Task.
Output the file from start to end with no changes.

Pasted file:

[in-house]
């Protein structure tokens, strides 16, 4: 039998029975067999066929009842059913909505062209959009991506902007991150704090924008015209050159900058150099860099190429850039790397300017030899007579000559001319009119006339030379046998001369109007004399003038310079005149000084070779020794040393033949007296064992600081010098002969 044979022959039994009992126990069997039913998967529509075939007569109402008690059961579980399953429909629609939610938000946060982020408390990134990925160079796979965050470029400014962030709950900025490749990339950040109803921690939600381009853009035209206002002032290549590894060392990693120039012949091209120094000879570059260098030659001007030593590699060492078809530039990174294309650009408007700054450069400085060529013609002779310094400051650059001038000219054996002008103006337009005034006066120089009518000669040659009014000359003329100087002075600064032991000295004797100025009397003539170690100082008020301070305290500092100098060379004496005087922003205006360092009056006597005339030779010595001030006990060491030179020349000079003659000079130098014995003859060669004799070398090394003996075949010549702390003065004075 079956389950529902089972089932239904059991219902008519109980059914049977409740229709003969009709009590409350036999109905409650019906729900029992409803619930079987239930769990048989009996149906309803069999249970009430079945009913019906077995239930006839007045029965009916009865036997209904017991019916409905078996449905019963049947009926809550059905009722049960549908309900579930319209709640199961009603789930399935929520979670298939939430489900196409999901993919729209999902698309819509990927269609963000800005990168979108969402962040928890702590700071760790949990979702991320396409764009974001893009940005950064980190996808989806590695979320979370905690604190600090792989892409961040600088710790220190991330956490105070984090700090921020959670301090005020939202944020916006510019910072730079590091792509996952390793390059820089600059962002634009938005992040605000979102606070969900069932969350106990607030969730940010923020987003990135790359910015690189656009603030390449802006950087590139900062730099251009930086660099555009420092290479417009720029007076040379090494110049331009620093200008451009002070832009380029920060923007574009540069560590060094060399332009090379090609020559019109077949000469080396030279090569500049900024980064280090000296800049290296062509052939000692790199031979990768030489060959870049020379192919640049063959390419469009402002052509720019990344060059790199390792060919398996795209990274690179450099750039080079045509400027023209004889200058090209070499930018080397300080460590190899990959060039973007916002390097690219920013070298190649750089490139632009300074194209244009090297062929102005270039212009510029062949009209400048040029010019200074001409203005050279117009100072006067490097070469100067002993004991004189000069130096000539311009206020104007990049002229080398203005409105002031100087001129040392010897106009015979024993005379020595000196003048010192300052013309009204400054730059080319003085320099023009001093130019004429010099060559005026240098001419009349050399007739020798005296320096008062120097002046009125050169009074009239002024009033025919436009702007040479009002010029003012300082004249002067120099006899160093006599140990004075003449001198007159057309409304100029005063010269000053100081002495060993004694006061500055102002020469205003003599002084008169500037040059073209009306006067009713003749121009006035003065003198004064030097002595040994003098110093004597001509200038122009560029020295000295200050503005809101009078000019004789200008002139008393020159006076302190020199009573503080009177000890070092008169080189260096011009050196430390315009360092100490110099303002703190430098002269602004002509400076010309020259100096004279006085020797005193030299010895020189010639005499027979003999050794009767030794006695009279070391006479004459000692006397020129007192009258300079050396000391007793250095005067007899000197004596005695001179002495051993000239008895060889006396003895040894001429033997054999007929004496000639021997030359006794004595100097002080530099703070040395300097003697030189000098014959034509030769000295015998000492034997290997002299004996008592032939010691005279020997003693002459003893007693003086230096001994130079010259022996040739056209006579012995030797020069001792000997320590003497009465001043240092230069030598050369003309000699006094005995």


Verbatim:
[in-house]
């Protein structure tokens, strides 16, 4: 039998029975067999066929009842059913909505062209959009991506902007991150704090924008015209050159900058150099860099190429850039790397300017030899007579000559001319009119006339030379046998001369109007004399003038310079005149000084070779020794040393033949007296064992600081010098002969 044979022959039994009992126990069997039913998967529509075939007569109402008690059961579980399953429909629609939610938000946060982020408390990134990925160079796979965050470029400014962030709950900025490749990339950040109803921690939600381009853009035209206002002032290549590894060392990693120039012949091209120094000879570059260098030659001007030593590699060492078809530039990174294309650009408007700054450069400085060529013609002779310094400051650059001038000219054996002008103006337009005034006066120089009518000669040659009014000359003329100087002075600064032991000295004797100025009397003539170690100082008020301070305290500092100098060379004496005087922003205006360092009056006597005339030779010595001030006990060491030179020349000079003659000079130098014995003859060669004799070398090394003996075949010549702390003065004075 079956389950529902089972089932239904059991219902008519109980059914049977409740229709003969009709009590409350036999109905409650019906729900029992409803619930079987239930769990048989009996149906309803069999249970009430079945009913019906077995239930006839007045029965009916009865036997209904017991019916409905078996449905019963049947009926809550059905009722049960549908309900579930319209709640199961009603789930399935929520979670298939939430489900196409999901993919729209999902698309819509990927269609963000800005990168979108969402962040928890702590700071760790949990979702991320396409764009974001893009940005950064980190996808989806590695979320979370905690604190600090792989892409961040600088710790220190991330956490105070984090700090921020959670301090005020939202944020916006510019910072730079590091792509996952390793390059820089600059962002634009938005992040605000979102606070969900069932969350106990607030969730940010923020987003990135790359910015690189656009603030390449802006950087590139900062730099251009930086660099555009420092290479417009720029007076040379090494110049331009620093200008451009002070832009380029920060923007574009540069560590060094060399332009090379090609020559019109077949000469080396030279090569500049900024980064280090000296800049290296062509052939000692790199031979990768030489060959870049020379192919640049063959390419469009402002052509720019990344060059790199390792060919398996795209990274690179450099750039080079045509400027023209004889200058090209070499930018080397300080460590190899990959060039973007916002390097690219920013070298190649750089490139632009300074194209244009090297062929102005270039212009510029062949009209400048040029010019200074001409203005050279117009100072006067490097070469100067002993004991004189000069130096000539311009206020104007990049002229080398203005409105002031100087001129040392010897106009015979024993005379020595000196003048010192300052013309009204400054730059080319003085320099023009001093130019004429010099060559005026240098001419009349050399007739020798005296320096008062120097002046009125050169009074009239002024009033025919436009702007040479009002010029003012300082004249002067120099006899160093006599140990004075003449001198007159057309409304100029005063010269000053100081002495060993004694006061500055102002020469205003003599002084008169500037040059073209009306006067009713003749121009006035003065003198004064030097002595040994003098110093004597001509200038122009560029020295000295200050503005809101009078000019004789200008002139008393020159006076302190020199009573503080009177000890070092008169080189260096011009050196430390315009360092100490110099303002703190430098002269602004002509400076010309020259100096004279006085020797005193030299010895020189010639005499027979003999050794009767030794006695009279070391006479004459000692006397020129007192009258300079050396000391007793250095005067007899000197004596005695001179002495051993000239008895060889006396003895040894001429033997054999007929004496000639021997030359006794004595100097002080530099703070040395300097003697030189000098014959034509030769000295015998000492034997290997002299004996008592032939010691005279020997003693002459003893007693003086230096001994130079010259022996040739056209006579012995030797020069001792000997320590003497009465001043240092230069030598050369003309000699006094005995």